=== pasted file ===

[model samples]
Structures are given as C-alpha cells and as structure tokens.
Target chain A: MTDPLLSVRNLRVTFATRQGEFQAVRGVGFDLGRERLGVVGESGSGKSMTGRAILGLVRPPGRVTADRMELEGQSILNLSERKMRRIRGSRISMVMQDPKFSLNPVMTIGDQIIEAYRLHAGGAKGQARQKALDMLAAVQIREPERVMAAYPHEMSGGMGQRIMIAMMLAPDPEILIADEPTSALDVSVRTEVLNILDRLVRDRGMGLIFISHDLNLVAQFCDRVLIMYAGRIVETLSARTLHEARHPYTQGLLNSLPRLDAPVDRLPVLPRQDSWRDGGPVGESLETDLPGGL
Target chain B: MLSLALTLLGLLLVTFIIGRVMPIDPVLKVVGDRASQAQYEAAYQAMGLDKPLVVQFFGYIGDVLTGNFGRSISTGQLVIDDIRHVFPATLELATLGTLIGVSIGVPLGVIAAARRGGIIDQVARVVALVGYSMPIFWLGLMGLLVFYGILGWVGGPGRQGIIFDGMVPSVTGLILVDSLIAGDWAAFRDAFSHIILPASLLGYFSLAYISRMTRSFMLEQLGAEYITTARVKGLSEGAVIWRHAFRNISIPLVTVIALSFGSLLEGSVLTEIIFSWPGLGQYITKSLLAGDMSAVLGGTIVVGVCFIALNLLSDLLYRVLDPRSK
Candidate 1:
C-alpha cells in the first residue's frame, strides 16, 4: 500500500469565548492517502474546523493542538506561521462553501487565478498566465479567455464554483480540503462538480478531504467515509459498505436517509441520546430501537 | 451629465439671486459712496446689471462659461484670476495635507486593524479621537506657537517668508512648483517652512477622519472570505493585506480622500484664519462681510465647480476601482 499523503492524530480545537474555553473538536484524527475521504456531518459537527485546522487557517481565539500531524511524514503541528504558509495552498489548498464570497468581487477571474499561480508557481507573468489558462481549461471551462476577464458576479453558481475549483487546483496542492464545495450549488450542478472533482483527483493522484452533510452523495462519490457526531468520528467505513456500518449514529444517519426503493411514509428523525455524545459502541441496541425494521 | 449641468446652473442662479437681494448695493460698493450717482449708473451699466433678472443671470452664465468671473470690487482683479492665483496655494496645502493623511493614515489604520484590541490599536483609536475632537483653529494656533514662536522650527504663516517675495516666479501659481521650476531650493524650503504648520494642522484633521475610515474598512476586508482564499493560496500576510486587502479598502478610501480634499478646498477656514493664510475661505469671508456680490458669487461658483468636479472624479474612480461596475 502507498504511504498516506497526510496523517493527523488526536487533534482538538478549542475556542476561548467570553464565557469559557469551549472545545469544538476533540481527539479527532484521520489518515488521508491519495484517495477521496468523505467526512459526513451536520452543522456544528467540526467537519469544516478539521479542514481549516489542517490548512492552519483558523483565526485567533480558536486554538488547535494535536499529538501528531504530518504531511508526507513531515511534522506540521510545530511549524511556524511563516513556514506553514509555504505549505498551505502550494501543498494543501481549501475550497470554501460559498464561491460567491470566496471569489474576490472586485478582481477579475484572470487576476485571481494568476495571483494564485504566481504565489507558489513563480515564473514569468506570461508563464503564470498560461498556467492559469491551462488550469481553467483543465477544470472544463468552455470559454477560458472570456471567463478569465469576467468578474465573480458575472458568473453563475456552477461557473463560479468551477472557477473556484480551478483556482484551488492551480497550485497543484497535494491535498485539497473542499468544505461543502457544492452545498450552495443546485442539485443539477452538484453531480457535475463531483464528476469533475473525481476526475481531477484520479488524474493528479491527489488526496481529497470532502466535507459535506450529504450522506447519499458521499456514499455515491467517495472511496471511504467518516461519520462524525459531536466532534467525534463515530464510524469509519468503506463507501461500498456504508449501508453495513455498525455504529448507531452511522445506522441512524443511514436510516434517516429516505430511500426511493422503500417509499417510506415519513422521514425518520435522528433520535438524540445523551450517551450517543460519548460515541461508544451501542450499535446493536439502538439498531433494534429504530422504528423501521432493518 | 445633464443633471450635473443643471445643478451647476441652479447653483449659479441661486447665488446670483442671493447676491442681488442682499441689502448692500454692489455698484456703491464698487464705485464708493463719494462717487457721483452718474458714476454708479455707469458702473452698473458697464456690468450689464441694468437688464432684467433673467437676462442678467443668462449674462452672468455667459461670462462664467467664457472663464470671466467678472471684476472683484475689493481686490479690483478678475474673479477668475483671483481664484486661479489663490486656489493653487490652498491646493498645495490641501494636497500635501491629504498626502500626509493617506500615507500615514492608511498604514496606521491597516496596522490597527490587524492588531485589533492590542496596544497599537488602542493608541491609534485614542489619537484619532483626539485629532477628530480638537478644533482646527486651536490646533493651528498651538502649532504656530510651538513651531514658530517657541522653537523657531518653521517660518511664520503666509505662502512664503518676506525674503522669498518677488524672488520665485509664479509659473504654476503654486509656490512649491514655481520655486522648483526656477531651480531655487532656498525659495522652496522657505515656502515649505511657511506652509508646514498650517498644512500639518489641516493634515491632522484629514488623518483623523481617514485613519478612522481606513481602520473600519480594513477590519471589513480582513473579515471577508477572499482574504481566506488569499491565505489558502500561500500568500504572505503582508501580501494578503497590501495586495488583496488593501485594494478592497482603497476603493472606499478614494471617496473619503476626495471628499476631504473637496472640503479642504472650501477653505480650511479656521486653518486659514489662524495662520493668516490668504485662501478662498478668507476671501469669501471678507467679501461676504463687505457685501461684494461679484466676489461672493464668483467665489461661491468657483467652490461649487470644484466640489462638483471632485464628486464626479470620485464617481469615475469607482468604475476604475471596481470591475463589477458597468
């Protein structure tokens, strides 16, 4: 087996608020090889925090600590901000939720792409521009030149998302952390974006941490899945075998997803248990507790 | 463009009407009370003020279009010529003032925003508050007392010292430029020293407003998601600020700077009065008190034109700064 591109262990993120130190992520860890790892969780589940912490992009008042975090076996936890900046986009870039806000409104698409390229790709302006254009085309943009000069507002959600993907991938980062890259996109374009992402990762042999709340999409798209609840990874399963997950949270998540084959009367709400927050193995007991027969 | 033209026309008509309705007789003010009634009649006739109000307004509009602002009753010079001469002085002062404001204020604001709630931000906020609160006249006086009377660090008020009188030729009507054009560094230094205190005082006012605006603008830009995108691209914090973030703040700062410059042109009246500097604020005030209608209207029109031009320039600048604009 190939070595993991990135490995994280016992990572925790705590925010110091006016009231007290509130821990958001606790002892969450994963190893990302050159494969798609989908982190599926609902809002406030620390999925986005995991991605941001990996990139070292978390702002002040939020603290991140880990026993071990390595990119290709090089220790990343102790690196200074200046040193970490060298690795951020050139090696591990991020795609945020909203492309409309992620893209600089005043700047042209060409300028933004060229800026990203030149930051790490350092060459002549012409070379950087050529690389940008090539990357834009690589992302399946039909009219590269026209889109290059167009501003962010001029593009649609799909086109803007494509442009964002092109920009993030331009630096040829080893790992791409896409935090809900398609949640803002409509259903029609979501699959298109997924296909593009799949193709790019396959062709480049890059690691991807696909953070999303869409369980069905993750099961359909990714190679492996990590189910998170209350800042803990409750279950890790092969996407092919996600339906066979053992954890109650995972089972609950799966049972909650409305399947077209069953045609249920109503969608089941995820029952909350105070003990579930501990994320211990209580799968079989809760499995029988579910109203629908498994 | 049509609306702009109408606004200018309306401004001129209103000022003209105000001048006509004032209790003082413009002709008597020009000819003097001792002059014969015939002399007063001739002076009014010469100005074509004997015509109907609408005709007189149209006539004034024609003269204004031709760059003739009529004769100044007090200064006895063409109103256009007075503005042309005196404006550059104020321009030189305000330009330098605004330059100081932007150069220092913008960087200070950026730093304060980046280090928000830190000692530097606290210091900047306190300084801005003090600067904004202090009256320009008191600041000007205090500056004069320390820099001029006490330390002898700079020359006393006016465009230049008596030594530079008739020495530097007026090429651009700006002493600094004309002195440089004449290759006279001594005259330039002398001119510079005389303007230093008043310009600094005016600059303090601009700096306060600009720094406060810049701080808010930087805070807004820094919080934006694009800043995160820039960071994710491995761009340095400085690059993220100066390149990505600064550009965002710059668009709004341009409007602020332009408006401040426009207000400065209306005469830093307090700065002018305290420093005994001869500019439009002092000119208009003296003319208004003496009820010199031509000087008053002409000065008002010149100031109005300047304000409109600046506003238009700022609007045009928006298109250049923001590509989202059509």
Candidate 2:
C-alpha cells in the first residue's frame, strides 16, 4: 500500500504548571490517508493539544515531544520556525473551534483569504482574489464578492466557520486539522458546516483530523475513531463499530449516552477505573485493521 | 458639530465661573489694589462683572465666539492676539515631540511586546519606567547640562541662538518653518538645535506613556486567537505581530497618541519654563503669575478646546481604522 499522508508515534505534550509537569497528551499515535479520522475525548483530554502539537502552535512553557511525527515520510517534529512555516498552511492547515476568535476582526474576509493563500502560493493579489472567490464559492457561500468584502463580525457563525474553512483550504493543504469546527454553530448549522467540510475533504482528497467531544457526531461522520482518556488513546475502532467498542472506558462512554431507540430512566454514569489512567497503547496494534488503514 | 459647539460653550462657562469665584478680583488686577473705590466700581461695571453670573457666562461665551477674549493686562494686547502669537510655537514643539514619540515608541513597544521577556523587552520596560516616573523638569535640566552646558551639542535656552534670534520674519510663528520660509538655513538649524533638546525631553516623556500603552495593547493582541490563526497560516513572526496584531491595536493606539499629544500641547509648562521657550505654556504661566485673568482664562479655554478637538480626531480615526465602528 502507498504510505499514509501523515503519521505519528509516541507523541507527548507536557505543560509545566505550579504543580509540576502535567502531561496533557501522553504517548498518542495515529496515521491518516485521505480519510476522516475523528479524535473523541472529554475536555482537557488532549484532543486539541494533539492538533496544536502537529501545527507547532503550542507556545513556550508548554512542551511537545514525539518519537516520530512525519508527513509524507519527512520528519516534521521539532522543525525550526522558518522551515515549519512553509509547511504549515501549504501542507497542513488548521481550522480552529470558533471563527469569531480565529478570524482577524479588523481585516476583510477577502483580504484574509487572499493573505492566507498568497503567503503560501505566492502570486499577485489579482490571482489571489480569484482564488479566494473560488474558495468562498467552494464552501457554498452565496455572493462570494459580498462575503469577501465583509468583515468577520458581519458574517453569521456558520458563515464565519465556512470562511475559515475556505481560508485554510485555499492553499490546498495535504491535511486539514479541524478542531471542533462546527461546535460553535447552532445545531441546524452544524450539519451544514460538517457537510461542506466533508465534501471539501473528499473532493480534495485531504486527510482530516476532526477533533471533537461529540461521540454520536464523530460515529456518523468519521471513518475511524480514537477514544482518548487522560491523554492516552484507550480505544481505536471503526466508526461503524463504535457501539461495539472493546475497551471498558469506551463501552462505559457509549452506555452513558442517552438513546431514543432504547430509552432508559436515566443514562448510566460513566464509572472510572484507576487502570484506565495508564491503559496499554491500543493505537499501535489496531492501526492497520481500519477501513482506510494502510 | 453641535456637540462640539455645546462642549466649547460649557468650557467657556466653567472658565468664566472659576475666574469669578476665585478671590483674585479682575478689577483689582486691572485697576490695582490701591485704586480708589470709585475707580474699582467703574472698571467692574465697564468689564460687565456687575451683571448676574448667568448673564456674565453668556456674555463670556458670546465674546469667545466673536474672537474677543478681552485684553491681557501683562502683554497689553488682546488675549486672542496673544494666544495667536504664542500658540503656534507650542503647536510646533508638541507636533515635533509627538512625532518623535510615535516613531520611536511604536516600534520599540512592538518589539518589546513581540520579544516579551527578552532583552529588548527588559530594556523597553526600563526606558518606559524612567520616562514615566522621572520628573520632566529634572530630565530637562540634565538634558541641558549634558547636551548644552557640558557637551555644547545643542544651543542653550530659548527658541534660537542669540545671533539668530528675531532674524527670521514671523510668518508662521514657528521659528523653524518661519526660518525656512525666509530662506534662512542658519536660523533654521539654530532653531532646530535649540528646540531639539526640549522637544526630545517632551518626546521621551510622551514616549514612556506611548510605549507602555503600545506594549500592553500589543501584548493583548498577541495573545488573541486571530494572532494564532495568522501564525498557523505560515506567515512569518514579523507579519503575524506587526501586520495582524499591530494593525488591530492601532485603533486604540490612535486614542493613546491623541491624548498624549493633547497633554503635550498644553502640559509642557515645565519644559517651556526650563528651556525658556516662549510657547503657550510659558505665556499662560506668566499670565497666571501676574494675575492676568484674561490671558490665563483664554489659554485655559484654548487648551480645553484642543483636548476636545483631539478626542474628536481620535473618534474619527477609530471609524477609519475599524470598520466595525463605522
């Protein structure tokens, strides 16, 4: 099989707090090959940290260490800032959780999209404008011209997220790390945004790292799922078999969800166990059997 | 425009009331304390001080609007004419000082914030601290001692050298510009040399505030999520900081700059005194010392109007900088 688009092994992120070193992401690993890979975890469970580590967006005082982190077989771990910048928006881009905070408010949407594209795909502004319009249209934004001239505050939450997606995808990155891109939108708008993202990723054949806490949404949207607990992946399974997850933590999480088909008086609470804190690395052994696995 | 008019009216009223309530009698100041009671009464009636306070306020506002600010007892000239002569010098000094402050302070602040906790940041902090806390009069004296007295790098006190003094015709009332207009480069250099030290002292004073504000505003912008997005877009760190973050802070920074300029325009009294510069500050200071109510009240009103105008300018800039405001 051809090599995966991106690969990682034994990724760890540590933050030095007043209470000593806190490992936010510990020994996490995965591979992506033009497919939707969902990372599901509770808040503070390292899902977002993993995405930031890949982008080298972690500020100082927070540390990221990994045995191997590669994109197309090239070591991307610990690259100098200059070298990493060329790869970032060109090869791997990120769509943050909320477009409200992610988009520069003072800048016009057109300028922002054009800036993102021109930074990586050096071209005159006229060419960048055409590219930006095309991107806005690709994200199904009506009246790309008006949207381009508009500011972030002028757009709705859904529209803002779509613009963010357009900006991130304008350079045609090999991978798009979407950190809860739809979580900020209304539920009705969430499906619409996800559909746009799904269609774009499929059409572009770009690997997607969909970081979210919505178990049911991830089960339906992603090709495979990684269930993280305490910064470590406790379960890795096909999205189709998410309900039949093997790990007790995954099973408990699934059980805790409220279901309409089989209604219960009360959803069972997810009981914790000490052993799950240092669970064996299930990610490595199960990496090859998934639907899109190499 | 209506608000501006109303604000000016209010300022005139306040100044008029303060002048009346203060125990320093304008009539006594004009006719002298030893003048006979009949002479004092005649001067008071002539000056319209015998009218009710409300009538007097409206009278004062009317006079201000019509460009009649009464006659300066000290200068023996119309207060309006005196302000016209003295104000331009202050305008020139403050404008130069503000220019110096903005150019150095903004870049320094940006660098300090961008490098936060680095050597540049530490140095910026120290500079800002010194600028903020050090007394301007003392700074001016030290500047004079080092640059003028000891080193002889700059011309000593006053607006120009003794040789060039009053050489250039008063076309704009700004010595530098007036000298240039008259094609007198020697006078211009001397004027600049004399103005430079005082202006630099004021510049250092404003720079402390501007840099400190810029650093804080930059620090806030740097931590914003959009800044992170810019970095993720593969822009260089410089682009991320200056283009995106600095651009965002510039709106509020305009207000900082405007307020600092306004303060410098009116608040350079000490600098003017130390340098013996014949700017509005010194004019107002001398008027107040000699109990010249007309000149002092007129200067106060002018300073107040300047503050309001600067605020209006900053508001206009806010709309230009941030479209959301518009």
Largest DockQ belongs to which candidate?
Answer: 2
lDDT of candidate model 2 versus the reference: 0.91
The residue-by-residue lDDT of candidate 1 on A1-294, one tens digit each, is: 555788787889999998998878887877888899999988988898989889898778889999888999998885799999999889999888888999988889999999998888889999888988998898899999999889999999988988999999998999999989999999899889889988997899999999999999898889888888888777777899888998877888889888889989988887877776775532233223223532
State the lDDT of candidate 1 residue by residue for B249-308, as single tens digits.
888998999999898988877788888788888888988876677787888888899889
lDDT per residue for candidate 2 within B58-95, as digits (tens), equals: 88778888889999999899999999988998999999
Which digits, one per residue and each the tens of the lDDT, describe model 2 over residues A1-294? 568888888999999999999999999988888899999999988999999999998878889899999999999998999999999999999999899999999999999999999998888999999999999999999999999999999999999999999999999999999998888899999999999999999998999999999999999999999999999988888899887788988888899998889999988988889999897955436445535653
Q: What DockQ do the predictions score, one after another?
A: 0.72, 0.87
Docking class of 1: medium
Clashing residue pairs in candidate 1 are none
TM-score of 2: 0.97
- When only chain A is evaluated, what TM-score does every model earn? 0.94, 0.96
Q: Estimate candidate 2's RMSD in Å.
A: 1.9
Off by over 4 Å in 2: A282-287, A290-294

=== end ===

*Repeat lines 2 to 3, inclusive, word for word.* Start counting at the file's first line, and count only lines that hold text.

Structures are given as C-alpha cells and as structure tokens.
Target chain A: MTDPLLSVRNLRVTFATRQGEFQAVRGVGFDLGRERLGVVGESGSGKSMTGRAILGLVRPPGRVTADRMELEGQSILNLSERKMRRIRGSRISMVMQDPKFSLNPVMTIGDQIIEAYRLHAGGAKGQARQKALDMLAAVQIREPERVMAAYPHEMSGGMGQRIMIAMMLAPDPEILIADEPTSALDVSVRTEVLNILDRLVRDRGMGLIFISHDLNLVAQFCDRVLIMYAGRIVETLSARTLHEARHPYTQGLLNSLPRLDAPVDRLPVLPRQDSWRDGGPVGESLETDLPGGL